RUNC: Matthew Lu

Matthew Lu aids vaccine development for chlamydia.

Matthew Luphoto by Megan Mendenhall
October 4th, 2023

Matthew Lu is a senior majoring in biology within the UNC College of Arts and Sciences. He studies how white blood cells respond to and remember the chlamydia organism.

Q: How did you discover your specific field of study?

A: My first year of college was during COVID-19 lockdowns, and I was hoping to join a lab. I looked at the list of professors performing research in the biology department and the School of Medicine and emailed the labs doing research I thought I would be interested in. I’ve always had a fascination with immunology — and the idea of helping to create a vaccine that could prevent hundreds of thousands of diseases. Thankfully, I ended up in the Darville Lab to do exactly that.

Q: Academics are problem-solvers. Describe a research challenge you’ve faced and how you overcame it.

A: One of my first projects in the lab was attempting to create an assay that measures the amount of chlamydia in the genital tract. But it can be laborious and lead to human errors when counting. My project focused on utilizing an EVOS microscope and the Celeste program to create an automated counting system for quick analysis of the assay.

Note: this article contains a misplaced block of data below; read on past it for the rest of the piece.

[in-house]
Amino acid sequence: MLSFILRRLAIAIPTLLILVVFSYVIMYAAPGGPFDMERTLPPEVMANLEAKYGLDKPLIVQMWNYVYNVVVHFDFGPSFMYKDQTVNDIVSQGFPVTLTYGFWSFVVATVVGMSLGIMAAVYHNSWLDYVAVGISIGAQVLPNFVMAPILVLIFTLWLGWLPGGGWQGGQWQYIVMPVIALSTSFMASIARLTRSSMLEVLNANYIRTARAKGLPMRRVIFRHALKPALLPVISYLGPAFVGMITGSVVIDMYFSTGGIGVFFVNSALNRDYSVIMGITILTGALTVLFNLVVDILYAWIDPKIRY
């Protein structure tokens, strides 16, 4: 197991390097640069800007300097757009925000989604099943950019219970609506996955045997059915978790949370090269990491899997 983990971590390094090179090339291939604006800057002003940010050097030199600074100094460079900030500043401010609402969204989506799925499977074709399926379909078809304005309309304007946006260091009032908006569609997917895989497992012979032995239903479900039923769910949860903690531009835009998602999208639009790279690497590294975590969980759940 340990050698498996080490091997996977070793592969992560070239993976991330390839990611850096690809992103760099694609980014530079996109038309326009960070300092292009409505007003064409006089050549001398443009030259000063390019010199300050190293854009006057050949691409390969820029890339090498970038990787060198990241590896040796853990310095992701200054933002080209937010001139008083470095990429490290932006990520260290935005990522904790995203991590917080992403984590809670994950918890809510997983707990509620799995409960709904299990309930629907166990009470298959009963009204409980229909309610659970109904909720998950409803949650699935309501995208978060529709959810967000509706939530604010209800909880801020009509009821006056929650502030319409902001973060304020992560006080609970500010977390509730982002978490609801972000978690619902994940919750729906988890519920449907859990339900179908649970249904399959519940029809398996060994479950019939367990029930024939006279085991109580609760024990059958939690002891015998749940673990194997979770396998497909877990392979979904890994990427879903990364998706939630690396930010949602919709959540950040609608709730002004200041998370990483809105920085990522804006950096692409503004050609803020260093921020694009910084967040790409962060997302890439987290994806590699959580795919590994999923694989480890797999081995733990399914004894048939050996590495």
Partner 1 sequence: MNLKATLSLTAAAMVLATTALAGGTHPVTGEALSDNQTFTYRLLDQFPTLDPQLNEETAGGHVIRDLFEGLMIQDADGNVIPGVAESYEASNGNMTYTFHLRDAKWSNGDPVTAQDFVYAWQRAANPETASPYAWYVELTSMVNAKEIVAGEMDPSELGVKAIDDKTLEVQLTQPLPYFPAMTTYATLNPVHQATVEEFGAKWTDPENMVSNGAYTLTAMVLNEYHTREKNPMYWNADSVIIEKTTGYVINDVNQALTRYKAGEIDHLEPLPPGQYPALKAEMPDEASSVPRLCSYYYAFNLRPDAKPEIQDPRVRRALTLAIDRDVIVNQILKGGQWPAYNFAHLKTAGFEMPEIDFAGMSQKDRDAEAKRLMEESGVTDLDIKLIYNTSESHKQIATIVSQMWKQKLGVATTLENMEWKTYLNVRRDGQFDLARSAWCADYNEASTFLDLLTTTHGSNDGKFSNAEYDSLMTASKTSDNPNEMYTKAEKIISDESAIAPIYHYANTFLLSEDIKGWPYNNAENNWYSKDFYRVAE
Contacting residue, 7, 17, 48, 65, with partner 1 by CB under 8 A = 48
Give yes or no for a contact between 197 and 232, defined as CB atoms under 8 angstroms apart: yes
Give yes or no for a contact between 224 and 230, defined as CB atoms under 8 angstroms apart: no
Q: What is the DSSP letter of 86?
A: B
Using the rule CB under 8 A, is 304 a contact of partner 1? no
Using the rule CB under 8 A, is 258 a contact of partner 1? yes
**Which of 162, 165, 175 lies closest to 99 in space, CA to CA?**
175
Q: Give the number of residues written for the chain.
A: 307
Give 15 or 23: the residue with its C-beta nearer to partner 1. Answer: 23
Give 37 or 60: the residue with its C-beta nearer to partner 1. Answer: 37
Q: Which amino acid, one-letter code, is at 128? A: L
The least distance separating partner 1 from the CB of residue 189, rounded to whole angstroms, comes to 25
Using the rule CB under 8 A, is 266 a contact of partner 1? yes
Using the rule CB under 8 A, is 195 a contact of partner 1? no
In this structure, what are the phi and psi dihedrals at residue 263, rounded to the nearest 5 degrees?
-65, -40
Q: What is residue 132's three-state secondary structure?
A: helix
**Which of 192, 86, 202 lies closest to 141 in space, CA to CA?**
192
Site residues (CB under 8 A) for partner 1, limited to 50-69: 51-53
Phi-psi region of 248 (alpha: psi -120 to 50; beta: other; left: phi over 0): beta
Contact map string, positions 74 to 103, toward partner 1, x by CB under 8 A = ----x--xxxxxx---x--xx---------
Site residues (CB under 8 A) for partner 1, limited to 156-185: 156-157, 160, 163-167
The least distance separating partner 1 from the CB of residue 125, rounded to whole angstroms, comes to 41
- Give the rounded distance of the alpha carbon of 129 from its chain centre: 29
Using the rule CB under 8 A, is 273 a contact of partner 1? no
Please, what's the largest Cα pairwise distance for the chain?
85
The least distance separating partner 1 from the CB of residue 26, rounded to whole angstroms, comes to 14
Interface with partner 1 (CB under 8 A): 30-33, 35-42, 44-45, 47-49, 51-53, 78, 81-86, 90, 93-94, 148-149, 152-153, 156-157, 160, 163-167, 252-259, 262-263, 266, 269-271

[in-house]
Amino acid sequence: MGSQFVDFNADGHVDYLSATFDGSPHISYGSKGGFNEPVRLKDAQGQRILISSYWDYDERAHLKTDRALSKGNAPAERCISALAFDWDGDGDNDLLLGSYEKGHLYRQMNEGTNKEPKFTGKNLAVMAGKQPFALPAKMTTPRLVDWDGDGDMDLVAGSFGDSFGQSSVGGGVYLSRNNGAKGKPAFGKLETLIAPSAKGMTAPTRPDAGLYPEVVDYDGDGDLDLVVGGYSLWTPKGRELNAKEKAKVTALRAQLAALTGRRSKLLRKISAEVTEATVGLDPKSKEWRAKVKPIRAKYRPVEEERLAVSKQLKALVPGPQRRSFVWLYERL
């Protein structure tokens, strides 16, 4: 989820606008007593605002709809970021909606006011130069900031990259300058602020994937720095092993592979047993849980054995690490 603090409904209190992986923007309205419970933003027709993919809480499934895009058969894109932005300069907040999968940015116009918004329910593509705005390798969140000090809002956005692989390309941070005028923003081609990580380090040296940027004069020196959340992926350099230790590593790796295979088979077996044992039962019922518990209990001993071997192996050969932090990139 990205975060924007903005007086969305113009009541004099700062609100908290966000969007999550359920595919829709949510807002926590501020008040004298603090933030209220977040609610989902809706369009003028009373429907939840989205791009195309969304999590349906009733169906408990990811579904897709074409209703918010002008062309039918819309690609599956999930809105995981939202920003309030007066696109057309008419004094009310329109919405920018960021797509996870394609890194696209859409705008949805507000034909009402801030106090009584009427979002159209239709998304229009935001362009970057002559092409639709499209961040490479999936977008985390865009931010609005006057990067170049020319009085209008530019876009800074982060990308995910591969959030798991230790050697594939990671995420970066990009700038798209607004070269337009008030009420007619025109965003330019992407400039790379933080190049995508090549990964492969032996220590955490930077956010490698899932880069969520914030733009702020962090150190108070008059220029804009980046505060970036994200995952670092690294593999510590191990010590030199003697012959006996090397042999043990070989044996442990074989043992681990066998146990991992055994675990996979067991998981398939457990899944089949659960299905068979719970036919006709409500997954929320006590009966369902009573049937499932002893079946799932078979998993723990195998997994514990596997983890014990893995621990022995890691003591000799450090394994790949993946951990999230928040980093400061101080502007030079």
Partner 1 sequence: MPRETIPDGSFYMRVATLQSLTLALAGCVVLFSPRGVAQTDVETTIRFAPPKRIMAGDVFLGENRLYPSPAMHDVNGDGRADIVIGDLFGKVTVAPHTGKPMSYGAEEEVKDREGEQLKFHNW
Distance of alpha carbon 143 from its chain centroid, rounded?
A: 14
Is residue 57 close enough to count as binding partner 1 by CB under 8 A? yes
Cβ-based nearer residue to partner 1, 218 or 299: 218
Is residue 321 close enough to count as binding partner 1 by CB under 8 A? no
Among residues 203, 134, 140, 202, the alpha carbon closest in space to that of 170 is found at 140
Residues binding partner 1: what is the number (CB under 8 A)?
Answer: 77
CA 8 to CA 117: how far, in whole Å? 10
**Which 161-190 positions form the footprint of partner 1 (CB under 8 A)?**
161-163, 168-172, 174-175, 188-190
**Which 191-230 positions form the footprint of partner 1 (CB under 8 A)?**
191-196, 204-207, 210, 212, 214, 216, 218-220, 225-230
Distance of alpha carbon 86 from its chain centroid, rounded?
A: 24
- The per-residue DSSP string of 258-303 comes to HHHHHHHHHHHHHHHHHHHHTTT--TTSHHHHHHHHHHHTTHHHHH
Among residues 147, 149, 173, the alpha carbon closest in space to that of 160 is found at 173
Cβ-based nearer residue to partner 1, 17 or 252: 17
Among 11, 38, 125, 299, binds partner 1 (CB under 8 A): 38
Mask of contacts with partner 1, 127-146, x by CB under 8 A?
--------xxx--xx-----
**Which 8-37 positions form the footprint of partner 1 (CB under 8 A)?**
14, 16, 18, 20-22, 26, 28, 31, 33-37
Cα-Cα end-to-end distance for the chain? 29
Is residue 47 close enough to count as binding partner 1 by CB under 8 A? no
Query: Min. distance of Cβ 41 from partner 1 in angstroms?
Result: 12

Unfortunately, I had no experience coding, and no one else in the lab did either. It was a combination of digging through the user manual, watching online tutorials, and banging my head against the computer to eventually create a line of code that would run properly. In the end, the effort required to set up automation and the lack of scalability meant that manual counting was still the most practical. But something cool happened: I presented my efforts to ThermoFisher technical scientists, who used the feedback I provided for the next iteration of the microscope and software.

Q: Describe your research in five words.

A: Developing a vaccine for Chlamydia.

Q: Who or what inspires you? Why?

A: My parents. When they came to Canada, they had little with them — just their two suitcases. While my dad restarted his engineering degree, my mom worked to put food on the table. Now, my dad has a great job with an engineering firm, and my mom runs her own traditional Chinese medicine business. They have worked extremely hard to provide my brother and I with a better life and have always supported me 100% in whatever I’ve chosen to do. Their dedication and work ethic inspires me to work harder.

Q: If you could pursue any other career, what would it be and why?

A: I’ve always been fascinated with space and building things. In another life, I’d be a NASA aerospace engineer — or maybe even an astronaut!

Research UNCovered delves into the lives of UNC researchers from all disciplines and career levels, showcasing not only their research prowess but personal experiences in academia and beyond. Know someone we should feature? Nominate a researcher.